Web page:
Winnipeg Free Press - PRINT EDITION

City ranks badly on business tax

But does well in R&D due to credit

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The taxman is giving Winnipeg a bad name.

A new study by KPMG ranks Winnipeg as one of the least competitive cities in Canada -- 12th out of 16 studied -- in terms of overall tax rates for businesses.

That's no better than two years ago, when the last study was done, and Winnipeg ranked 13th out of 15 major Canadian cities.

The good news is that, thanks to a 20 per cent, partially refundable provincial R&D tax credit, Winnipeg is a much more attractive location for research and development. In that business category, it ranks sixth out of 16 -- and higher than any of the other major cities in Western Canada.

But that's where the good news ends. In the other three categories examined -- manufacturing, digital, and corporate services -- it ranked 11th, 12th and 14th respectively.

KPMG's Competitive Alternatives: Focus on Tax study looked at the total tax burden for the four different types of businesses in 55 major cities in 14 countries, as well as in 16 cities in Canada. The taxes examined included corporate income taxes, capital taxes, sales taxes, property taxes, miscellaneous local business taxes and statutory labour costs.

Where Winnipeg fared worst was in the category of "other corporate taxes," which includes capital taxes, provincial sales taxes, property taxes and miscellaneous business taxes. There, it ranked dead last.

"That's what's driving it down the competitive rankings," said Duane Lamoureux, a tax partner in KPMG's Winnipeg office.

Lamoureux said in the corporate income taxes category, it was third-best of the 16.

He said the poor overall ranking is something civic and provincial government officials need to take a hard look at, especially when other western Canadian cities such as Saskatoon and Edmonton rank first and second in tax competitiveness.

Manitoba Chambers of Commerce president Graham Starmer said the provincial government needs to do more than just think about the problem. As soon as it gets its budget balanced again, it needs to start reducing the tax burden on businesses or run the risk of losing companies to other cities, he said.

"We have many taxes in Manitoba that make us uncompetitive with other cities," Starmer said, not least of which is the payroll tax.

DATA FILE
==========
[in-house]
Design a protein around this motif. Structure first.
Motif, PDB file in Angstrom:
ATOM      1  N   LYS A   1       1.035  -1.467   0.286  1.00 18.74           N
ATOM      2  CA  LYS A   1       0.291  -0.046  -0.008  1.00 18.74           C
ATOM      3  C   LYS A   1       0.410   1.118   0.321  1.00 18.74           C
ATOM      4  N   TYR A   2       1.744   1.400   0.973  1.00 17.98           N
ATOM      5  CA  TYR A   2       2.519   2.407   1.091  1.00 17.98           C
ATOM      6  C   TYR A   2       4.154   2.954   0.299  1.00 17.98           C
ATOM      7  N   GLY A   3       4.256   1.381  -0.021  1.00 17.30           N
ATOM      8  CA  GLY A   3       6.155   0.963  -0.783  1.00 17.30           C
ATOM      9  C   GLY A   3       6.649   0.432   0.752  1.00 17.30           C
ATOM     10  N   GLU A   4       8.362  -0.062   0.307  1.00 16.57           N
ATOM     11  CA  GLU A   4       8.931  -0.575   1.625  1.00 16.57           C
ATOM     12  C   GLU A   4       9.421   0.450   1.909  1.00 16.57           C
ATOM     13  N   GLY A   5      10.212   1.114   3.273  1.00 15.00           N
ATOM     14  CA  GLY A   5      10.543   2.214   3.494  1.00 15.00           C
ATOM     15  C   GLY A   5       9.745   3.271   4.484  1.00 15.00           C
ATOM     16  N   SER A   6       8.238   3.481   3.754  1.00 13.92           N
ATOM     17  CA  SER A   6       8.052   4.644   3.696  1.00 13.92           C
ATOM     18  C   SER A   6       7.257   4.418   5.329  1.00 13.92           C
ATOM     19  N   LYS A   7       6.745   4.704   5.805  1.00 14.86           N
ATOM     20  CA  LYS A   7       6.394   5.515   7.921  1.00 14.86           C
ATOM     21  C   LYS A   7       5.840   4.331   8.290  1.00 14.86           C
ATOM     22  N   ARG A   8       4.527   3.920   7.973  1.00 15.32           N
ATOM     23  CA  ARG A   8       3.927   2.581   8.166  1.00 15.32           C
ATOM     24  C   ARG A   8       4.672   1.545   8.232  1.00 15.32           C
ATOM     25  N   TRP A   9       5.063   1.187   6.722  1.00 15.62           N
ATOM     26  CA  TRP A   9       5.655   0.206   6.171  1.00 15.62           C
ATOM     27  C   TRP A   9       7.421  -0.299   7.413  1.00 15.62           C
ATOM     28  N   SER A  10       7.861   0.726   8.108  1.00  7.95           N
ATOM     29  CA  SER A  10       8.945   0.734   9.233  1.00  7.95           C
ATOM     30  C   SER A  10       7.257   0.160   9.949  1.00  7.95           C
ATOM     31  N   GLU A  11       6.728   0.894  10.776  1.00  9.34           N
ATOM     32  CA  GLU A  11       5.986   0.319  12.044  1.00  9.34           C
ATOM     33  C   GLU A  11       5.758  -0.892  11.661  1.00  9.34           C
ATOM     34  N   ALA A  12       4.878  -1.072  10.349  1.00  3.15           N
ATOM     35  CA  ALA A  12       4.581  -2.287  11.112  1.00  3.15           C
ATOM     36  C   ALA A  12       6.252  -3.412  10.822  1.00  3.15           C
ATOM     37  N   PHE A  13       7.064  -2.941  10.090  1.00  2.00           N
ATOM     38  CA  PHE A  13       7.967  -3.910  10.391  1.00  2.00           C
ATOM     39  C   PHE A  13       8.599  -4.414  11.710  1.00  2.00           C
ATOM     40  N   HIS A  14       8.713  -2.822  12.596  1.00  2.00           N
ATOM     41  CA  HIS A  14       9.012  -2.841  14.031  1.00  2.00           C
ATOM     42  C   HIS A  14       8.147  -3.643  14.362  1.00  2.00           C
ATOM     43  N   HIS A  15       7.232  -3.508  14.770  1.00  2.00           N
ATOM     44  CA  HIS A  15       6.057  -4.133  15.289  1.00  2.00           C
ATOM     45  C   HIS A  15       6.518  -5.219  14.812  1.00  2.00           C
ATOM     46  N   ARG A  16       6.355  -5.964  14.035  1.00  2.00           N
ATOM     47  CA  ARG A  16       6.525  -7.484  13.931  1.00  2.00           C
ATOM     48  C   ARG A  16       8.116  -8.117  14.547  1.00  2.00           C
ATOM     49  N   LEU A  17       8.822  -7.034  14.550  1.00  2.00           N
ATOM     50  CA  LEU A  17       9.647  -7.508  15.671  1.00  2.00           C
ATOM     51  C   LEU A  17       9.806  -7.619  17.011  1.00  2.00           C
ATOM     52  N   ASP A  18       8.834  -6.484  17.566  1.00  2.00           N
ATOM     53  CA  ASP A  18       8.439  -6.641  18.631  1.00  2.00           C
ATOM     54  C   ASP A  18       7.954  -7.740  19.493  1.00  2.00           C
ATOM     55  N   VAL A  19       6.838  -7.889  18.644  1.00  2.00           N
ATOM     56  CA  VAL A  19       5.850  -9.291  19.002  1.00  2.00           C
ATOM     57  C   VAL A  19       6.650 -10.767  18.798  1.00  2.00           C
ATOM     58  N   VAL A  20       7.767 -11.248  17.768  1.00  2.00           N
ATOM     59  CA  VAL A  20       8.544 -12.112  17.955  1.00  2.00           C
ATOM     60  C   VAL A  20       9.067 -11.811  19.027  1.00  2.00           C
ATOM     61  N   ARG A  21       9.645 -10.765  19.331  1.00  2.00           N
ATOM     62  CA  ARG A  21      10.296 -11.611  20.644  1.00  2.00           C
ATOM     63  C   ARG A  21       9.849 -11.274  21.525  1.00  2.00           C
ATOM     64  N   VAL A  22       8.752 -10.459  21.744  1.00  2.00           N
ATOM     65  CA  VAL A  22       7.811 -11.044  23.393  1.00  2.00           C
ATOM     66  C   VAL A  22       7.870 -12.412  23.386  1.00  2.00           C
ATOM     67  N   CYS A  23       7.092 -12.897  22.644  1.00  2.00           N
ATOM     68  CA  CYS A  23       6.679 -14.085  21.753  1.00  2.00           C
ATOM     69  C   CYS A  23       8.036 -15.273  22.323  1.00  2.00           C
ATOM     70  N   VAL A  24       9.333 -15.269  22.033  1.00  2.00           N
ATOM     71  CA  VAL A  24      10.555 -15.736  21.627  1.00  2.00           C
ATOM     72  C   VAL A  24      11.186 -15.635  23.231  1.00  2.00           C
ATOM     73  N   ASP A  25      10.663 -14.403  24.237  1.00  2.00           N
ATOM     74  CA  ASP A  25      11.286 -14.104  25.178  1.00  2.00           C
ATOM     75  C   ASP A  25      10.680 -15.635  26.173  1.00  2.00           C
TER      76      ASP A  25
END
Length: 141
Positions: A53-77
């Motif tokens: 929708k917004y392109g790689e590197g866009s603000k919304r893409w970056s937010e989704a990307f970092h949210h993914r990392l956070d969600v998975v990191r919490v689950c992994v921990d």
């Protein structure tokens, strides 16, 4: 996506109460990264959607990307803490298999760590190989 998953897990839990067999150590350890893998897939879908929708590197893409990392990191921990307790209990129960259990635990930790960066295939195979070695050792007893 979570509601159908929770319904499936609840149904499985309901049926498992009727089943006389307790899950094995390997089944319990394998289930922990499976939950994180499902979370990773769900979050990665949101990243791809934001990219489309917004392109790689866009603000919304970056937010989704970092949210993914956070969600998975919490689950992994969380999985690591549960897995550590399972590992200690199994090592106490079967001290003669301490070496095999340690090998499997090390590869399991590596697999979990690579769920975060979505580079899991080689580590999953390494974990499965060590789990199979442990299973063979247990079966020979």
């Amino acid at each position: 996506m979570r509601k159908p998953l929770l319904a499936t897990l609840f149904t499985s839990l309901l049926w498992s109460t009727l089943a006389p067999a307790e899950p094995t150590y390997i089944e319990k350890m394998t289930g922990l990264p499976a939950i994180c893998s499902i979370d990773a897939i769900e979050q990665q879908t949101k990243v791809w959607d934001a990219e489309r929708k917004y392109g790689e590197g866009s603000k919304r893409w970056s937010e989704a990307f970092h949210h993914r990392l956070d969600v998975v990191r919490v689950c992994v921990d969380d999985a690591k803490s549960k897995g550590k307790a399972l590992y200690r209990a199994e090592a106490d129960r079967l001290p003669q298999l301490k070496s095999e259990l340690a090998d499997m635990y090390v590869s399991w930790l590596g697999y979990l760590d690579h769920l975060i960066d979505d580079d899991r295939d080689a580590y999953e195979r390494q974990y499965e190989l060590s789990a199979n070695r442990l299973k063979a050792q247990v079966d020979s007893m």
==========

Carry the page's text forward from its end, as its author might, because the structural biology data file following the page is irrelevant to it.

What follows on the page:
"We've had conversations recently with companies that are considering leaving (the province) because they're reaching the threshold where they'll have to pay the payroll tax, and that's going to make them less competitive."

One of the things working in Winnipeg's favour is that another KPMG study released earlier this year ranked it the most competitive city of 25 western Canadian and Midwest U.S. cities in terms of total costs of doing business.

That study looked at 25 key cost elements for businesses, including taxes, labour, real estate and utility costs.

Starmer said while that's good, "It may not be enough to save us" with some companies.

Flaherty wrong,

lobbyist says


OTTAWA -- Finance Minister Jim Flaherty has again called on Canada's corporate community to use their massive cash reserves to invest in the future, only to have his message rebuffed Tuesday by the president of Canada's largest business lobby.

Flaherty told a conference attended by some of the country's most influential business leaders that the government has done its part to create conditions for growth and job creation.

John Manley, the former Liberal finance minister who now heads the Canadian Council of Chief Executives, was in the crowd and didn't care for what he heard.

Rather than sit on corporate profits, Manley said his members -- among Canada's largest 150 firms -- are getting ready to make big investments in the next three years.

"In fact, the anticipated spending on capital investment in Canada from our members alone exceeds all of the federal and provincial stimulus spending during the last downturn," he said.

"That's pretty considerable and I think it's going to pay off in terms of jobs and economic opportunity going forward."

The finance minister's comments came at the conclusion of a two-day conference on Asia and China.

Flaherty in essence was repeating sentiments he and Bank of Canada governor Mark Carney have expressed before.


-- The Canadian Press

Republished from the Winnipeg Free Press print edition September 26, 2012 B5

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